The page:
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Mark Gaughan's Film Breakdown: Taylor's play didn't match numbers

Tyrod Taylor's 281 passing yards Sunday were his second-most this year and the sixth most of his career.

He left too many plays on the field.

It was not a good enough overall performance for the Buffalo Bills' quarterback in the 37-16 loss to the New England Patriots.

Taylor took six sacks. The first four were his fault, either by running into pressure or holding the ball too long.

The Bills came up touchdown-less on each of their first three drives, and Taylor missed key opportunities or failed to avoid bad plays on each.

Taylor made good plays. Two deep passes to Deonte Thompson were pretty. He kept the first drive alive with his feet. He connected with Kelvin Benjamin, and a couple of those completions to the big wideout were anticipation throws. The disputed touchdown-turned-incompletion to Benjamin could not have been more pin-point.

Taylor has been hindered by the Bills' sub-par receiving corps the past two seasons. But the bar is high for a Bills QB going against Tom Brady. Taylor did not clear it.

Here are this week's position-by-position Bills grades, based on video review (on a scale of 1 to 5):

Quarterback (2.0): Key miscues for Taylor before the Pats took the lead for good in the third quarter: Misfired to Charles Clay at the goal line with Zay Jones open; missed LeSean McCoy in a tight window in the left flat near the goal line; didn't make a play on fourth and goal from the 2; missed deep down the sideline for Clay, who had a step on Patrick Chung; didn't throw it away on a 15-yard sack. The Pats blitzed 11 times. The Bills hit them for 39 and 35-yard gains but not enough overall. Taylor was 4 of 8 vs. the blitz for 89 yards with three sacks.

Running back (4.0): McCoy produced 147 yards from scrimmage on 23 touches. His 39-yard catch and run was a whoop-whoop-whoop highlight-reel play in which he left Elandon Roberts, Marquis Flowers and Devin McCourty grasping for air. The blown-up screen pass for Patrick DiMarco was a call Rick Dennison surely would like to have back.

Receivers (2.5): Over the previous six games, the Bills were just 3 of 19 on passes 20-or-more yards past the line of scrimmage. With the Pats playing a lot of man coverage and a single safety high, Taylor hit 2 of 5 deep throws for 79 yards. The Bills needed to hit at least two more deep balls outside the numbers to keep pace with the Pats' offense.

Offensive line (2.5): Despite the six sacks, tackles Dion Dawkins and Jordan Mills held up well in pass protection. They each gave up a hurry. New England's edge rushing isn't good. The Pats played head-up on center Eric Wood a lot, and he had some tough reach blocks in the run game. Pats young defensive tackle Malcolm Brown is a stud. He had six tackles and a sack.

Defensive line (2.5): It's hard to sack Tom Brady but the Bills needed more pressure on him. Jerry Hughes had a sack but didn't get enough pocket push against left tackle Nate Solder. The Bills needed more push up the middle. Kyle Williams beat Solder on a twist for a sack. Williams also beat David Andrews for a run stuff. But DeAndre Coleman played 21 of 71 snaps but didn't squeeze the middle enough, including on one of the 12-yard gash runs. Ditto for Cedric Thornton (29 snaps). Adolphus Washington had mixed results. He had a third-down run stuff and was stout on the fourth-down play when Dion Lewis stretched the ball out for a first down. But Washington got out of position on a 16-yard gash run.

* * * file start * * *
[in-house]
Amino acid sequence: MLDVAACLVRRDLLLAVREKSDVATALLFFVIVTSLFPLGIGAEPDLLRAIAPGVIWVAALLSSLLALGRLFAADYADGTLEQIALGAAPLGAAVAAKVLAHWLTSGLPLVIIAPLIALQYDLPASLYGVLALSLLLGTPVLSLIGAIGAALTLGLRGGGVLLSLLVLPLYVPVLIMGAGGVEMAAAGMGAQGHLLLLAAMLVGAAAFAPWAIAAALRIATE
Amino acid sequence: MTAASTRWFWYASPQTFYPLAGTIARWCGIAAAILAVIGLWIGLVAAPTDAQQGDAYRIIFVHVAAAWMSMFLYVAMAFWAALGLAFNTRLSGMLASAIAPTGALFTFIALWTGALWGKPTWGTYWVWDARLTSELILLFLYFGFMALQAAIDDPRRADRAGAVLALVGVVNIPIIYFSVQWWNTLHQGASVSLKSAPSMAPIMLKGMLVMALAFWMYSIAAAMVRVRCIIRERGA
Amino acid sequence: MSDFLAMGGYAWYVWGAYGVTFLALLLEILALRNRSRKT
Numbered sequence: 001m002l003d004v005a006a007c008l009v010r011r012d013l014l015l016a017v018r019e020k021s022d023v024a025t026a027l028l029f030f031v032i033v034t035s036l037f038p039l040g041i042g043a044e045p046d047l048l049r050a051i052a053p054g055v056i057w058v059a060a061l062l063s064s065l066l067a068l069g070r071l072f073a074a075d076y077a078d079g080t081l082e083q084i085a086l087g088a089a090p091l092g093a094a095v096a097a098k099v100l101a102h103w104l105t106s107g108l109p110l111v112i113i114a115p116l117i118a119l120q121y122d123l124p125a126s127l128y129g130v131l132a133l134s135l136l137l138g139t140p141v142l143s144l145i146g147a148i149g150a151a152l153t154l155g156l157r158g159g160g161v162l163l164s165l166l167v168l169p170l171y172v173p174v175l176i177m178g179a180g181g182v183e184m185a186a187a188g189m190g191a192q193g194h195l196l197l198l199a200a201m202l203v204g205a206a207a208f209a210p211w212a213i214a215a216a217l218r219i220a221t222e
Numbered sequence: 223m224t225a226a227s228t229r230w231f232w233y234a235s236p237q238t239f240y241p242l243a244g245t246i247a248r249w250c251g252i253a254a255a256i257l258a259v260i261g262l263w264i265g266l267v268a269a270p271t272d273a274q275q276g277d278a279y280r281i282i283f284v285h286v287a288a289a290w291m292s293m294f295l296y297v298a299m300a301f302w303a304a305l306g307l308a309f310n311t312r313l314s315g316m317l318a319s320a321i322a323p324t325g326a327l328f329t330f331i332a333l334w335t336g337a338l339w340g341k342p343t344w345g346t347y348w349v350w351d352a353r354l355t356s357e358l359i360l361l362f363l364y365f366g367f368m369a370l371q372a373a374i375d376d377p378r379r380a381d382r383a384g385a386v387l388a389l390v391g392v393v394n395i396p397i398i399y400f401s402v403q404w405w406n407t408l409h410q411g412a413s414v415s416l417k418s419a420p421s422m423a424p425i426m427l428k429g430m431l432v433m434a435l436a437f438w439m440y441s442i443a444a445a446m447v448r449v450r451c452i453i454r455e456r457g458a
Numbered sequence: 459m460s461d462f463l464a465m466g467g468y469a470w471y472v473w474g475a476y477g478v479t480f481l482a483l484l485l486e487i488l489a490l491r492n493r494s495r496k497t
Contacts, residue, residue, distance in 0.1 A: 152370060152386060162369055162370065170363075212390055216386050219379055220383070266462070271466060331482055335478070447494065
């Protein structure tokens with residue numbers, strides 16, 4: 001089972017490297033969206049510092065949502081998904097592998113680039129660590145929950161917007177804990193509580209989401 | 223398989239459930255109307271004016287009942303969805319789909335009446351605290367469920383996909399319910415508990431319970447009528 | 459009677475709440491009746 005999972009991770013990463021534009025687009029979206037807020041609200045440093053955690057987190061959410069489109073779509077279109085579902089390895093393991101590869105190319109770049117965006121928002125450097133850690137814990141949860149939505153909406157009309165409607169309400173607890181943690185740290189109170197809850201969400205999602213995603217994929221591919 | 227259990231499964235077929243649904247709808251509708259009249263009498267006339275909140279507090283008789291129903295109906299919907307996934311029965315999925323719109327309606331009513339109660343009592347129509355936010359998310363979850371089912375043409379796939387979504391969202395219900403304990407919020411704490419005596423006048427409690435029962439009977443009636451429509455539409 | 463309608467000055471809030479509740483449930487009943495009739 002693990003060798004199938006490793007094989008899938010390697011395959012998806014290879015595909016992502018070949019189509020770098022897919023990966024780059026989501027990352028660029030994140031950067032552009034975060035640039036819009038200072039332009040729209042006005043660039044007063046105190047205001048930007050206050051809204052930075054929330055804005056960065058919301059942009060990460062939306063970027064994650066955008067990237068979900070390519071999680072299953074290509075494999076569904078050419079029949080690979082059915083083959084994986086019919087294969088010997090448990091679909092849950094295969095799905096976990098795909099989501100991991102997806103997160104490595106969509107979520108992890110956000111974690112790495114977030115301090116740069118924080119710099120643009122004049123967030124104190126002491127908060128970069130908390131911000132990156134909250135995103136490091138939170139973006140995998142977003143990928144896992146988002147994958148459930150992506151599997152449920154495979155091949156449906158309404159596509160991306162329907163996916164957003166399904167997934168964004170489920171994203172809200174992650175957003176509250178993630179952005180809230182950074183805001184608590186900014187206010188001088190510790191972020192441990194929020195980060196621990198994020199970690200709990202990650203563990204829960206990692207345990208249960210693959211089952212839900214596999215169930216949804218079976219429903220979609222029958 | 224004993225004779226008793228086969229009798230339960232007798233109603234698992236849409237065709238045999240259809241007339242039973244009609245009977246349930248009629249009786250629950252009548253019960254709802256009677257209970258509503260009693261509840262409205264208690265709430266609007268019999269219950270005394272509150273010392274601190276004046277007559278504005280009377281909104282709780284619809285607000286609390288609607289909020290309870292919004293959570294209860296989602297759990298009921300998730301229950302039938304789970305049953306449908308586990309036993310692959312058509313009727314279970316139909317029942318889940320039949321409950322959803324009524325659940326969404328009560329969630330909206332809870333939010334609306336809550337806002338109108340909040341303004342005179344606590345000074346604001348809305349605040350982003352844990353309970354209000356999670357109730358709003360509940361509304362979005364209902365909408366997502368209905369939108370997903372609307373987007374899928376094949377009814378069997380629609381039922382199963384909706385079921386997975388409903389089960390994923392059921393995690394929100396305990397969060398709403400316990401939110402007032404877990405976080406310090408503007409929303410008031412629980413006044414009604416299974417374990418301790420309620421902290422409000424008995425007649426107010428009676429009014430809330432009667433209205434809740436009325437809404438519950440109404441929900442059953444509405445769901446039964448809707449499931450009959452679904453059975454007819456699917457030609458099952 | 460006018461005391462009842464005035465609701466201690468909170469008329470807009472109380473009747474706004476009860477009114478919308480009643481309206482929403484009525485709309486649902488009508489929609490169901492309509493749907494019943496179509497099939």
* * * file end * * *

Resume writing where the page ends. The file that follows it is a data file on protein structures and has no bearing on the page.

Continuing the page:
Linebackers (3.0): Hall-of-Fame general manager Bill Polian contends Rob Gronkowski should be the NFL most valuable player this season. Whether that's true or not, Gronkowski showed again versus the Bills why he is by far the greatest tight end in football.

Gronkowski's impact in the running game was huge. The Bills were forced to play nickel defense a lot when the Pats were in two-tight-end personnel groupings. New England rushed 17 times for 96 yards with "big personnel" against Buffalo's nickel. The Pats were seven for 22 yards with "bigs" vs. regular defense before garbage time. When the Pats ran behind Gronkowski directly at the point of attack, they gained 59 yards on nine carries (6.6 a carry). (Big personnel refers to two tight ends or two backs and two receivers.) Gronk "only" caught five passes for 67 yards and one TD.

The Pats ran four screens for 29 yards and one TD. The score came when Ramon Humber and Leonard Johnson were forced to switch sides due to pre-snap motion by Danny Amendola. Humber was late getting over to the defensive right side and was easily blocked up, aiding Dion Lewis' 12-yard score.

Defensive backs (4.0): The Bills' pre-snap coverage disguise, which Bill Belichick lauded during the week, bit Brady on Jordan Poyer's pick six. The Bills showed Cover 2 before Poyer broke down on the short slant pass for Kenny Britt. You can't blame Micah Hyde on the TD pass to Rob Gronkowski. No safety on the planet could have prevented it, and the Bills had to be in man coverage with the Pats in a five-wides set. Tre'Davious White was targeted only once for an incompletion, but it likely was his coverage bust on the deep pass that caused Hyde to get a pass-interference call. Hyde and Poyer bit hard on a play-action fake on the play. Overall, the Bills' secondary was good in preventing Brady from making big plays. Brady was 0 for 3 on passes 20-plus yards downfield.

Special teams (2.5): Stephen Hauschka missed from 50 yards on what was a dubious decision to kick. The ball was not flying to the "lighthouse" end of the field. Hauschka had trouble reaching from 50-plus yards in that direction in warmups.

Bills stars of the game: 1. LeSean McCoy. 2. Jordan Poyer. 3. Kelvin Benjamin.

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